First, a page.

The Cane Truck Logo


About this Entry

This page contains a single entry by Westley Annis published on August 2, 2009 9:07 PM.

Change the Law or the Legislative Branch? was the previous entry in this blog.

A Proposition: Would you become my slave? is the next entry in this blog.

Find recent content on the main index or look in the archives to find all content.

Powered by Movable Type 4.1

Who Defines Liberalism and Conservatism?

| | Comments (0) | TrackBacks (1)

As with most people who discuss politics, I group people as either conservative or liberal. But, I found that some of the folks I discussed politics often had different views of what being conservative or liberal was.

Before we go any further, for those that don't know me, I consider myself conservative. If you want to get a little more detailed, I am a fiscal conservative and a social liberal. In other words, as a fiscal conservative, I believe the government needs to tax us for no more than what they need to spend and the federal government should only spend money on national security and infrastructure. State and local governments should worry about schools, local infrastructure, and local security. I don't believe in government welfare programs. Those needs are best supplied by charity.

As a social liberal I believe the government cannot legislate morality. While I am personally opposed to abortion, I don't think it should be outlawed. If you want to smoke in your own home or car, go right ahead. So long as you are not harming someone else physically or mentally, you are free to do as you please.

However, if you harm yourself doing something that you know is inherently harmful, such as smoking, do not expect me to cover your medical bill.

So those are my views. How do they apply to others? And, how do they apply to the two dominant political parties, the Republican National Committee (GOP) and the Democrat National Committee (DNC)?

One of the reasons I decided to explore this issue is because of how elected officials of both parties tended to vote and how the party apparatus reacted to those votes.

From the outside, it appears as though the DNC doesn't take kindly to elected officials who don't toe the party line. Look at Senator Joe Lieberman from Connecticut. First elected in 1988, he was former Vice-President Al Gore's running mate in the 2000 election, but lost in the Democrat Primary for Senate in 2006 after a national effort to oust him from his seat. He then ran for the seat as an independent and won in the general election. This is perhaps the greatest example of the DNC kicking members out.

Lieberman is still a registered Democrat, typical votes with the DNC party line, but there is still an effort to strip him of his committee chairs.

On the GOP side, there seems to be no strong effort to hold to the values of at least fiscal conservatism. During the first six years of the George W. Bush administration, when the GOP controlled both sides of Congress, the GOP legislators were no different than their colleagues on the other side of the aisle in terms of spending in the federal budget. This was in direct contradiction to the platform many of them ran on. Couple that with the high-profile social indiscretions of Congressman Mark Foley and Senators Larry Craig and David Vitter. Not to mention the fact that President George W. Bush, as sitting President, is also the de facto head of the GOP and he pushed for a number of government program expansions and it comes as no surprise that the GOP lost the House Majority in the 2006 elections or the White House in 2008.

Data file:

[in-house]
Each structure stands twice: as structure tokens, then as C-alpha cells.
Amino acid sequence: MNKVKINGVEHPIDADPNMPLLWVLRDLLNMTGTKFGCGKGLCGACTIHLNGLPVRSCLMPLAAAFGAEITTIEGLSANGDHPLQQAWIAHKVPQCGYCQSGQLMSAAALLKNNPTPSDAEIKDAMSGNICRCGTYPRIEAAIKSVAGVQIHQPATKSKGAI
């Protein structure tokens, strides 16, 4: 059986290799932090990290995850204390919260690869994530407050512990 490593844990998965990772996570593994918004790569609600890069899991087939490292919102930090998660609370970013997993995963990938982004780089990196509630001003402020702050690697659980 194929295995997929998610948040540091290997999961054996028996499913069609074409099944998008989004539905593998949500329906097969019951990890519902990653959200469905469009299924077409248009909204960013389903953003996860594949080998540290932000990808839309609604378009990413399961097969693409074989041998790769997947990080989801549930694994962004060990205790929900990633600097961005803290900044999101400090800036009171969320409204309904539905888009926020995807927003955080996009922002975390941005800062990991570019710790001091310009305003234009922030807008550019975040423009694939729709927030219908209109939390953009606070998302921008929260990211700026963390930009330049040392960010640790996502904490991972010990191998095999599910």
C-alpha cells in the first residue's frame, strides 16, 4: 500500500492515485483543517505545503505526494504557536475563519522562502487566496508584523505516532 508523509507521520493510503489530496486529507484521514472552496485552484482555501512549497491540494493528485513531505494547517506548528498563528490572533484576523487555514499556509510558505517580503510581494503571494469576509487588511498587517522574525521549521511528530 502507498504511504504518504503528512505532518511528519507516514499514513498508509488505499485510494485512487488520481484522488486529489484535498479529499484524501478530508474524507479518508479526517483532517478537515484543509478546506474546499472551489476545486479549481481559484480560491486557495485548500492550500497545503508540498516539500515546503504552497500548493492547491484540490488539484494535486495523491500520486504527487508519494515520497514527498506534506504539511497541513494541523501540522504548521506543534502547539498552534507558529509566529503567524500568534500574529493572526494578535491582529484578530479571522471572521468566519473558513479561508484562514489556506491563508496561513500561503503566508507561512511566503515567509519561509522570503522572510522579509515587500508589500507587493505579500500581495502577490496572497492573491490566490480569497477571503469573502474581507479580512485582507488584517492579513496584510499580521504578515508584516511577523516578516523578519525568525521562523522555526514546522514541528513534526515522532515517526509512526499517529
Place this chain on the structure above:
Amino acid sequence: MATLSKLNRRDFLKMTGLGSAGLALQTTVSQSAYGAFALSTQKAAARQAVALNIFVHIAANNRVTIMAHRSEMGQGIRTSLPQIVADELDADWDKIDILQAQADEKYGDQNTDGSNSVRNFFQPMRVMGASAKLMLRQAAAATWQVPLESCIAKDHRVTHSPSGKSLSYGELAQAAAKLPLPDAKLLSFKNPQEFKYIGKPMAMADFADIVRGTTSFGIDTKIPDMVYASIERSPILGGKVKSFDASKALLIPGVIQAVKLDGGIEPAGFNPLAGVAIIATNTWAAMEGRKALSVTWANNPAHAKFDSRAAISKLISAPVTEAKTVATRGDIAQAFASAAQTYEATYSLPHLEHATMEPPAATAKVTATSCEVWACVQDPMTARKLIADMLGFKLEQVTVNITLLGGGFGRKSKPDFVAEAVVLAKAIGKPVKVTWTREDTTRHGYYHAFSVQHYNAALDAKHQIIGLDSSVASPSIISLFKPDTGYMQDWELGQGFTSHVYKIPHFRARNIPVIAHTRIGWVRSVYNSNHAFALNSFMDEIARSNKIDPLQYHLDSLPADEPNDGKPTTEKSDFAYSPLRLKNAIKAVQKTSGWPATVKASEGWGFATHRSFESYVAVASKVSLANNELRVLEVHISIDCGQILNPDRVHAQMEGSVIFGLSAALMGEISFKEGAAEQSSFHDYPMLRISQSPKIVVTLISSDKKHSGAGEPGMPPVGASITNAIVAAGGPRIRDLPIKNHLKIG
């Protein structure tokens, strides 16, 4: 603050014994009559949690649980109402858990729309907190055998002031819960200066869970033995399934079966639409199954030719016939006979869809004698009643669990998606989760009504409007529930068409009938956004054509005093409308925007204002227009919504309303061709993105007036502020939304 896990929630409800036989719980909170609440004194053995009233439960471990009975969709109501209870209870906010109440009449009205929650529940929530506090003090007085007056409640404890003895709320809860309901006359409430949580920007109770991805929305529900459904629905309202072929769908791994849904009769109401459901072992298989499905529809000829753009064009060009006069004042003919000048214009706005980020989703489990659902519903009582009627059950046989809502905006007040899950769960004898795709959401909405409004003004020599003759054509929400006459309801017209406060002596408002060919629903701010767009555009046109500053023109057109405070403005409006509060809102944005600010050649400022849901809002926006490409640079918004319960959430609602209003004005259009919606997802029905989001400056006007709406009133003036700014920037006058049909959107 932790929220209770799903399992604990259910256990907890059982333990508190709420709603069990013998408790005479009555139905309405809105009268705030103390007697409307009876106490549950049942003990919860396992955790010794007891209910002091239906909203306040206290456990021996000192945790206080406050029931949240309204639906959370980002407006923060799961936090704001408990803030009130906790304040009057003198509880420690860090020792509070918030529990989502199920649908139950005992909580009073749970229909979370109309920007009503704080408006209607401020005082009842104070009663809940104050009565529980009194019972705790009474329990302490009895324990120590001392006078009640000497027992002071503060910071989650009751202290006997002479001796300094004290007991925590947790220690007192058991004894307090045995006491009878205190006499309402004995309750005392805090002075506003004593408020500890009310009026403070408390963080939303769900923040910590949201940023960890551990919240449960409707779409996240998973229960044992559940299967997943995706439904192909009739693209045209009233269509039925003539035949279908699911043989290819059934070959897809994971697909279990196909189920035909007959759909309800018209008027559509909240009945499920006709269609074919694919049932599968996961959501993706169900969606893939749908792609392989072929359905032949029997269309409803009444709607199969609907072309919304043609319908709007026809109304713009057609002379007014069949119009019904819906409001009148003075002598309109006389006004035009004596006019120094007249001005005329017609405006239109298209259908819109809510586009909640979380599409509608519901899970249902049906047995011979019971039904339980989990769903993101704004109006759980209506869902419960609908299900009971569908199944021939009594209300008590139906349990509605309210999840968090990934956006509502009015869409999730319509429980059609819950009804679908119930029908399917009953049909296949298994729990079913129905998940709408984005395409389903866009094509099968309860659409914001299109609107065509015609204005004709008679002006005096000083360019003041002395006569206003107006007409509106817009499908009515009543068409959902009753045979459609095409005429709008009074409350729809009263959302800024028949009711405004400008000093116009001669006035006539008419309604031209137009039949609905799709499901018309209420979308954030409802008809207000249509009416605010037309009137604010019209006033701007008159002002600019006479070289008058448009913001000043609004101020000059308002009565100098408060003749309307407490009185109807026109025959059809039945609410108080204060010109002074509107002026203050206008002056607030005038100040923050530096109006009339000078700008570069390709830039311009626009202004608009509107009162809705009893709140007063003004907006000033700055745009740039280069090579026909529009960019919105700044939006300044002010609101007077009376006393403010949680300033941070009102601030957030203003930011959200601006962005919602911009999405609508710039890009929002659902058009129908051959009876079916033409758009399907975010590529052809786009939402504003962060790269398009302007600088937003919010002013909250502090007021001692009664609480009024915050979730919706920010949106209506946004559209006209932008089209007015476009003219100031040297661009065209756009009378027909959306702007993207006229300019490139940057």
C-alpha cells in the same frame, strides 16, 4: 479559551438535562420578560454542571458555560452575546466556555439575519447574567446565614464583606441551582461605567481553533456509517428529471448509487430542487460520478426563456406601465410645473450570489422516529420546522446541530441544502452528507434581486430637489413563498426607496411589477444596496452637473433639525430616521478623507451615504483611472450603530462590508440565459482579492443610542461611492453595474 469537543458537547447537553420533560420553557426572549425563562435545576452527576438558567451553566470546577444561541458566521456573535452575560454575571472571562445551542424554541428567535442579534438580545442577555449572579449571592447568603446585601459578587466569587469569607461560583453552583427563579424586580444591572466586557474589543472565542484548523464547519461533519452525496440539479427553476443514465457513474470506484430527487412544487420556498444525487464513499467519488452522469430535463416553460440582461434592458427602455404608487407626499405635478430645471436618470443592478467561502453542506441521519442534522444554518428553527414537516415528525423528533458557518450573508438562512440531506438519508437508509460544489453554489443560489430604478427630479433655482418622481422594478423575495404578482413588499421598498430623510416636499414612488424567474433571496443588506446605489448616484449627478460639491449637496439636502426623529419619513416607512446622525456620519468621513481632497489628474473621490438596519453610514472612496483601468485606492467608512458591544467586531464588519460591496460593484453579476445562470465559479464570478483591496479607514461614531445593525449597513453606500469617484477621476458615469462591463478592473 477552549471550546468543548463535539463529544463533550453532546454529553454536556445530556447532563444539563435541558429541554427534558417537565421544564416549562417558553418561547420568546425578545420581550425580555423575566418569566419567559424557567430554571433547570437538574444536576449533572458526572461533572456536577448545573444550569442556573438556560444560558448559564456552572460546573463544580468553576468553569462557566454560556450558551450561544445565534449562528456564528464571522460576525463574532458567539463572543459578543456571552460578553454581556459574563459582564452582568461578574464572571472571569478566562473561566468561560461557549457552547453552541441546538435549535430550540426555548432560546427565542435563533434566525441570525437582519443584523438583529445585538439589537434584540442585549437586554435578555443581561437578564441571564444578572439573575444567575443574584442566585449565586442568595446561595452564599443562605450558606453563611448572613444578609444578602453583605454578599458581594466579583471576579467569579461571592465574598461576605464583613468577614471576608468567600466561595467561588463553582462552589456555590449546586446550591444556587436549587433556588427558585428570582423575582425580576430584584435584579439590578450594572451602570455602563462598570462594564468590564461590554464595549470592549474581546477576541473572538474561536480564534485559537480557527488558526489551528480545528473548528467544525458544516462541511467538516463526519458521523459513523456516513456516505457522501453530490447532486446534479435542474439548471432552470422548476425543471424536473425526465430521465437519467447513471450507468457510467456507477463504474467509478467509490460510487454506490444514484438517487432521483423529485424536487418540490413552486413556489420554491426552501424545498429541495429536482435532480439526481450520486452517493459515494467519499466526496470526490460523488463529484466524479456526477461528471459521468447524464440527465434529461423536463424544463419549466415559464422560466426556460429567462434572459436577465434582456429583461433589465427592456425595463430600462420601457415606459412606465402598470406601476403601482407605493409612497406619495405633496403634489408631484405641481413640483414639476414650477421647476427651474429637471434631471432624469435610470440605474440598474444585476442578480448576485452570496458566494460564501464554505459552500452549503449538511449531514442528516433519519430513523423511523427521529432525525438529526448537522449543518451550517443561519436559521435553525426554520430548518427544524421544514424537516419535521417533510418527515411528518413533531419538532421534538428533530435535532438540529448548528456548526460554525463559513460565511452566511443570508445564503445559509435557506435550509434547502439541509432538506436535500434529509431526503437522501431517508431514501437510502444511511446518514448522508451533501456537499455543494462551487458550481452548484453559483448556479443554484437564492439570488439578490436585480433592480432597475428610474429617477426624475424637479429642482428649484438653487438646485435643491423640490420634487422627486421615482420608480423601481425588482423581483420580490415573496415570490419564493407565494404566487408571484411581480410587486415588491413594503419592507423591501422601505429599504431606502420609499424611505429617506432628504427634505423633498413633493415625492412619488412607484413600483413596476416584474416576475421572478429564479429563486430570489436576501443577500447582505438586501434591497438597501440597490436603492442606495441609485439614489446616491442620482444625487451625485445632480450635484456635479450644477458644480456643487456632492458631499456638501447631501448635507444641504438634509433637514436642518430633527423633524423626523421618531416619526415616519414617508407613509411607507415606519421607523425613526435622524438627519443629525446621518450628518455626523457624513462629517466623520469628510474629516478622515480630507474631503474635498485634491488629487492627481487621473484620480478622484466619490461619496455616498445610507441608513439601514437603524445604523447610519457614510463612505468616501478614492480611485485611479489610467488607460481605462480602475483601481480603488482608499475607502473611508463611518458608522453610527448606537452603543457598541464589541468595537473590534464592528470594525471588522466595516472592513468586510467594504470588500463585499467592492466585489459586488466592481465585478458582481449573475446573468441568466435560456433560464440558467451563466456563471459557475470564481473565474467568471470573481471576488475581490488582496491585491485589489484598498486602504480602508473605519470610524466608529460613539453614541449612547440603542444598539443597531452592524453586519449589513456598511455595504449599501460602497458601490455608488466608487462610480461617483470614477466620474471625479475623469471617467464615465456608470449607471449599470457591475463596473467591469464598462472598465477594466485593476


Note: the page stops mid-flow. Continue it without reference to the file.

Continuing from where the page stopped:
I don't think anyone could ever make the argument that Bush 41 was not a social conservative. It was not until the first year of his second term, his fifth year as president, that he issued his first veto, which was a bill that would have lifted restrictions on funding stem cell research.

I often make the joke when discussing Bush that it did take him too long to learn how to spell V E T O. (See bottom of article for presidential veto statistics.)

Government in general has encroached itself into the fabric of everyday life so much that it is easy to see how the major political parties have staked out sides on practically every issue. And, of course, if we party says it is for something, the other party almost has to say it is against it such that both parties can no longer truly define what it means to be conservative or liberal.

I invited several people to give me their thoughts on what defines conservatism and liberalism and I will be sharing those over the next couple of postings.

Presidential Veto Statistics

Looking back to President John F. Kennedy and only looking at the presidents that served one term or less, we find JFK (2 years) issued 12 vetoes, Gerald Ford (3 years) issued 48 vetoes, Jimmy Carter (4 years) issued 13 vetoes, and George H.W. Bush (4 years) issued 29 vetoes. You have to go back to Millard Fillmore (1850-1853) to find a president who did not issue any vetoes (James Garfield didn't issue any vetoes but he was only in office for six and half months).

Find veto statistics for all presidents on Wikipedia.


1 TrackBacks

Listed below are links to blogs that reference this entry: Who Defines Liberalism and Conservatism?.

TrackBack URL for this entry:

As with most people who discuss politics, I group people as either conservative or liberal. But, I found that some of the folks I discussed politics often had different views of what being conservative or liberal was. Before we go any further, for thos... Read More

Leave a comment

Computer Consulting :: Online Backups :: Online Faxing :: Easy Holiday Templates
All services above provided by